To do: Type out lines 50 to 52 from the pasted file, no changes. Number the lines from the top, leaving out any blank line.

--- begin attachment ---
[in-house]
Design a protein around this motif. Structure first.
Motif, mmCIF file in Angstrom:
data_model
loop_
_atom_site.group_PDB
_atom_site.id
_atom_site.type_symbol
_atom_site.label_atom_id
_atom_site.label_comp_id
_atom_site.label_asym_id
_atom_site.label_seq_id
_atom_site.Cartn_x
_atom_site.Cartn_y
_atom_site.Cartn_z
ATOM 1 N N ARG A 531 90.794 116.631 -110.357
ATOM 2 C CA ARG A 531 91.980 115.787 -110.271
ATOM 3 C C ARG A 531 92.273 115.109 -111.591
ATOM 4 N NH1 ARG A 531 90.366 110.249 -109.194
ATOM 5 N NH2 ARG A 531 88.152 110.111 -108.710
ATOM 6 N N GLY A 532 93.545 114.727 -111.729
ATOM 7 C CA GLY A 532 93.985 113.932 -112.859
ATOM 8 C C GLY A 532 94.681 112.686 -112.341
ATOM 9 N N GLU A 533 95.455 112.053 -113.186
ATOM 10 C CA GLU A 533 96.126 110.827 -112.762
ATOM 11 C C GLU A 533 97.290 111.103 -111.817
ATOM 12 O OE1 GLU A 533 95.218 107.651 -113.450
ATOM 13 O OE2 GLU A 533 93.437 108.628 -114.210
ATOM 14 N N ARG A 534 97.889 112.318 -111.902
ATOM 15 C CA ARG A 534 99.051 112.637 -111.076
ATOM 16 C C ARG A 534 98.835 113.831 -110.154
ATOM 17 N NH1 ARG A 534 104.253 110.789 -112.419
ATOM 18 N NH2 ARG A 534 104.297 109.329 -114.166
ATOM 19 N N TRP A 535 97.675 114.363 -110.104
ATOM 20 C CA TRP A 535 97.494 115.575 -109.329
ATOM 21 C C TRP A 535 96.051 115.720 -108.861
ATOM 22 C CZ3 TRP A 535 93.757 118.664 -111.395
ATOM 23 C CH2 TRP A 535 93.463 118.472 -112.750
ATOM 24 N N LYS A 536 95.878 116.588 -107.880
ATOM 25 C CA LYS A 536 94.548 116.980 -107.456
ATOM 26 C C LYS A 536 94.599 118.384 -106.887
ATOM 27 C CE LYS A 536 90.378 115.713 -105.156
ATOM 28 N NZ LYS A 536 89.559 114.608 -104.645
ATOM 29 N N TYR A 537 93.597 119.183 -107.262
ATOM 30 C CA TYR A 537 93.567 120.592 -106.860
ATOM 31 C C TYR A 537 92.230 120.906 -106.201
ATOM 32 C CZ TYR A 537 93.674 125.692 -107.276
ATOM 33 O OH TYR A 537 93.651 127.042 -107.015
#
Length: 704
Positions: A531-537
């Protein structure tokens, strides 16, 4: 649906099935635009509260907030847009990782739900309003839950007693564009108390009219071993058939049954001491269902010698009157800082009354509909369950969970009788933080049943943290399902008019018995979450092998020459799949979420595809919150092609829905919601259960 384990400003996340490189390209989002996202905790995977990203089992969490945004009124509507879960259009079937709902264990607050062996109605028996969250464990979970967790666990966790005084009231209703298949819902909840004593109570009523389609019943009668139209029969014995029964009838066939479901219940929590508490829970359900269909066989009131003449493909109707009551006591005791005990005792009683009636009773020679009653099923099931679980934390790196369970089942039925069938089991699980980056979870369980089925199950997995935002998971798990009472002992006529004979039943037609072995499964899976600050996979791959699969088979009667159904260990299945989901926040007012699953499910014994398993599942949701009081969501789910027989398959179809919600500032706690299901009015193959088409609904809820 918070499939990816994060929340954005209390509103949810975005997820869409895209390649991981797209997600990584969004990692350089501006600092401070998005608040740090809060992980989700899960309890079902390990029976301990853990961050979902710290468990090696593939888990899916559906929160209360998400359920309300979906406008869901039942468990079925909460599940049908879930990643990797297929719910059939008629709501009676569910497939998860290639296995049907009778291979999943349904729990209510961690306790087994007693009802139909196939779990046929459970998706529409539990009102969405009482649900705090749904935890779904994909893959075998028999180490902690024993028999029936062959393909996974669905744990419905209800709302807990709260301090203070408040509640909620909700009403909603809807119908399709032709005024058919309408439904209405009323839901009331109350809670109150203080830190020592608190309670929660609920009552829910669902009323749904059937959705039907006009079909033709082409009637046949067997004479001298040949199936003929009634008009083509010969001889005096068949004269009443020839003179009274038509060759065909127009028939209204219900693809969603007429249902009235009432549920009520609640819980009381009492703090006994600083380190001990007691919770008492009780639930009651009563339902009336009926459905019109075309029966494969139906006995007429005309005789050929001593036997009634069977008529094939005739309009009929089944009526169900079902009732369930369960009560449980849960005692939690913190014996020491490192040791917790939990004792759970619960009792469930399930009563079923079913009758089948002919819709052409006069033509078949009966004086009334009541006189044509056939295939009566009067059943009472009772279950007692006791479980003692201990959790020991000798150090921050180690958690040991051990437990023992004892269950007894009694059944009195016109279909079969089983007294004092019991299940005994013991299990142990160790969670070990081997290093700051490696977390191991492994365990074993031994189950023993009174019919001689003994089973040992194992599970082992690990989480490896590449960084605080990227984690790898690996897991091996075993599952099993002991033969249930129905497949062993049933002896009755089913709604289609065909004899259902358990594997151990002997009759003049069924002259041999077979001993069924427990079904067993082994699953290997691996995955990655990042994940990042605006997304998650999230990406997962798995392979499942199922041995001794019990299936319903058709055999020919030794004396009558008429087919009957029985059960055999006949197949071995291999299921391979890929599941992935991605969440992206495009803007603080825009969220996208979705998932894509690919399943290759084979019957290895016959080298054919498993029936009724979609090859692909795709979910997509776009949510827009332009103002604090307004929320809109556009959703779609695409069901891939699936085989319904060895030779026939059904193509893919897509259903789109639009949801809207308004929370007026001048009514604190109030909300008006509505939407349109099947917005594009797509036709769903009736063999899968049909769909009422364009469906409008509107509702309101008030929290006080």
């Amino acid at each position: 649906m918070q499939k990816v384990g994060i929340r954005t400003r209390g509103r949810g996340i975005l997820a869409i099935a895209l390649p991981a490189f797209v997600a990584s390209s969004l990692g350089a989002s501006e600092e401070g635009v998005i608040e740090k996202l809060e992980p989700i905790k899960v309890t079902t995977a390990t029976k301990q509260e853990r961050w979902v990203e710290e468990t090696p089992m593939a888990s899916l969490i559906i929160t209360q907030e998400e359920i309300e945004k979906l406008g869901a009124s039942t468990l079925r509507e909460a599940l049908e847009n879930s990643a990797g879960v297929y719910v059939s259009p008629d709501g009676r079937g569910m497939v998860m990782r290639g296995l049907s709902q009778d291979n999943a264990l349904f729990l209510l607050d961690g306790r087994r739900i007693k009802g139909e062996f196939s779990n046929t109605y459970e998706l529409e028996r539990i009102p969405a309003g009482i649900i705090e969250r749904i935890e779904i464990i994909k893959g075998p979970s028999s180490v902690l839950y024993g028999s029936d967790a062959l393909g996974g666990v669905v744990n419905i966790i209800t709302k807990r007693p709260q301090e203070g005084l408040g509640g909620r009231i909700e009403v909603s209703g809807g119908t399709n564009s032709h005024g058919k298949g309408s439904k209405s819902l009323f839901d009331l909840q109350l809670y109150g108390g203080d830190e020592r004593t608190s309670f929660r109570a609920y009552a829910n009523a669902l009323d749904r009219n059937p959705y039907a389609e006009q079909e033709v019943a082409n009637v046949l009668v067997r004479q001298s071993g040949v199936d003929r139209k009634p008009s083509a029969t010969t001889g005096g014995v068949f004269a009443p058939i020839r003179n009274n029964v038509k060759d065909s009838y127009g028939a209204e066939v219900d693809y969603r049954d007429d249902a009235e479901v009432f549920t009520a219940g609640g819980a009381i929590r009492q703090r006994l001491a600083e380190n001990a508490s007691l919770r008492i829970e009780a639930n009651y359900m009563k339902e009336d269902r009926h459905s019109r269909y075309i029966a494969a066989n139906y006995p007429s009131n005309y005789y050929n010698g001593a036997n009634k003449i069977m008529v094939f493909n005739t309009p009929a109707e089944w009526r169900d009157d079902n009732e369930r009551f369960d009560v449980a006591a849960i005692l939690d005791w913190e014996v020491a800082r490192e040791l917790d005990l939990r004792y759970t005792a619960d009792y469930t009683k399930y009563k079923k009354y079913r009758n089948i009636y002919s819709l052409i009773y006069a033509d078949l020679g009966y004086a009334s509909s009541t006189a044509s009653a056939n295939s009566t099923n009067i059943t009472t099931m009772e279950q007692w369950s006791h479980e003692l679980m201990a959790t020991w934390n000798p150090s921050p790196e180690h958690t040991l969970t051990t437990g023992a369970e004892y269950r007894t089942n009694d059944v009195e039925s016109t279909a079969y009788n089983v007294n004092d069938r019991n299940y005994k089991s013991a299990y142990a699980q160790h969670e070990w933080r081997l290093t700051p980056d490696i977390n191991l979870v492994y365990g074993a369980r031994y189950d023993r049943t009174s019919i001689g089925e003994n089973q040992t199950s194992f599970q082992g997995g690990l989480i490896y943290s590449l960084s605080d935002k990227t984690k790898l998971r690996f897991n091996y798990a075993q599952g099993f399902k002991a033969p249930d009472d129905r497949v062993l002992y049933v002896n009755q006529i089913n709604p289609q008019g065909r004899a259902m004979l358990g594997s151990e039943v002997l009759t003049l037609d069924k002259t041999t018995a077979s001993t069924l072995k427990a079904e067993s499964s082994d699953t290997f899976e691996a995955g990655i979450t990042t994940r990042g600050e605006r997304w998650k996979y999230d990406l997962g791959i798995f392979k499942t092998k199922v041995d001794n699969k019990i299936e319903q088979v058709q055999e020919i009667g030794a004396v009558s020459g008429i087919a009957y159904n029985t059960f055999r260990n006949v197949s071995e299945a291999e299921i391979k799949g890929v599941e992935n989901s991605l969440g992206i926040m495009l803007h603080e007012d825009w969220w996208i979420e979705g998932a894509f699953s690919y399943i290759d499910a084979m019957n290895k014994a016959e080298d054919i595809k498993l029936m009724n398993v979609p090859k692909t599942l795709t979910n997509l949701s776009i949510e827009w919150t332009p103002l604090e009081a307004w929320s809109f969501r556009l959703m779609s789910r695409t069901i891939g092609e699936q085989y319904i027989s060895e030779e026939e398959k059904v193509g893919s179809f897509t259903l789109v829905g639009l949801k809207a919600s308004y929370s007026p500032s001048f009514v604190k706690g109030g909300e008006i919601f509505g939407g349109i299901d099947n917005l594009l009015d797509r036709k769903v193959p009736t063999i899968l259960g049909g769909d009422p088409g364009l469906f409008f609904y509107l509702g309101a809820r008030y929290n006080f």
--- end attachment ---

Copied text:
Length: 704
Positions: A531-537
């Protein structure tokens, strides 16, 4: 649906099935635009509260907030847009990782739900309003839950007693564009108390009219071993058939049954001491269902010698009157800082009354509909369950969970009788933080049943943290399902008019018995979450092998020459799949979420595809919150092609829905919601259960 384990400003996340490189390209989002996202905790995977990203089992969490945004009124509507879960259009079937709902264990607050062996109605028996969250464990979970967790666990966790005084009231209703298949819902909840004593109570009523389609019943009668139209029969014995029964009838066939479901219940929590508490829970359900269909066989009131003449493909109707009551006591005791005990005792009683009636009773020679009653099923099931679980934390790196369970089942039925069938089991699980980056979870369980089925199950997995935002998971798990009472002992006529004979039943037609072995499964899976600050996979791959699969088979009667159904260990299945989901926040007012699953499910014994398993599942949701009081969501789910027989398959179809919600500032706690299901009015193959088409609904809820 918070499939990816994060929340954005209390509103949810975005997820869409895209390649991981797209997600990584969004990692350089501006600092401070998005608040740090809060992980989700899960309890079902390990029976301990853990961050979902710290468990090696593939888990899916559906929160209360998400359920309300979906406008869901039942468990079925909460599940049908879930990643990797297929719910059939008629709501009676569910497939998860290639296995049907009778291979999943349904729990209510961690306790087994007693009802139909196939779990046929459970998706529409539990009102969405009482649900705090749904935890779904994909893959075998028999180490902690024993028999029936062959393909996974669905744990419905209800709302807990709260301090203070408040509640909620909700009403909603809807119908399709032709005024058919309408439904209405009323839901009331109350809670109150203080830190020592608190309670929660609920009552829910669902009323749904059937959705039907006009079909033709082409009637046949067997004479001298040949199936003929009634008009083509010969001889005096068949004269009443020839003179009274038509060759065909127009028939209204219900693809969603007429249902009235009432549920009520609640819980009381009492703090006994600083380190001990007691919770008492009780639930009651009563339902009336009926459905019109075309029966494969139906006995007429005309005789050929001593036997009634069977008529094939005739309009009929089944009526169900079902009732369930369960009560449980849960005692939690913190014996020491490192040791917790939990004792759970619960009792469930399930009563079923079913009758089948002919819709052409006069033509078949009966004086009334009541006189044509056939295939009566009067059943009472009772279950007692006791479980003692201990959790020991000798150090921050180690958690040991051990437990023992004892269950007894009694059944009195016109279909079969089983007294004092019991299940005994013991299990142990160790969670070990081997290093700051490696977390191991492994365990074993031994189950023993009174019919001689003994089973040992194992599970082992690990989480490896590449960084605080990227984690790898690996897991091996075993599952099993002991033969249930129905497949062993049933002896009755089913709604289609065909004899259902358990594997151990002997009759003049069924002259041999077979001993069924427990079904067993082994699953290997691996995955990655990042994940990042605006997304998650999230990406997962798995392979499942199922041995001794019990299936319903058709055999020919030794004396009558008429087919009957029985059960055999006949197949071995291999299921391979890929599941992935991605969440992206495009803007603080825009969220996208979705998932894509690919399943290759084979019957290895016959080298054919498993029936009724979609090859692909795709979910997509776009949510827009332009103002604090307004929320809109556009959703779609695409069901891939699936085989319904060895030779026939059904193509893919897509259903789109639009949801809207308004929370007026001048009514604190109030909300008006509505939407349109099947917005594009797509036709769903009736063999899968049909769909009422364009469906409008509107509702309101008030929290006080």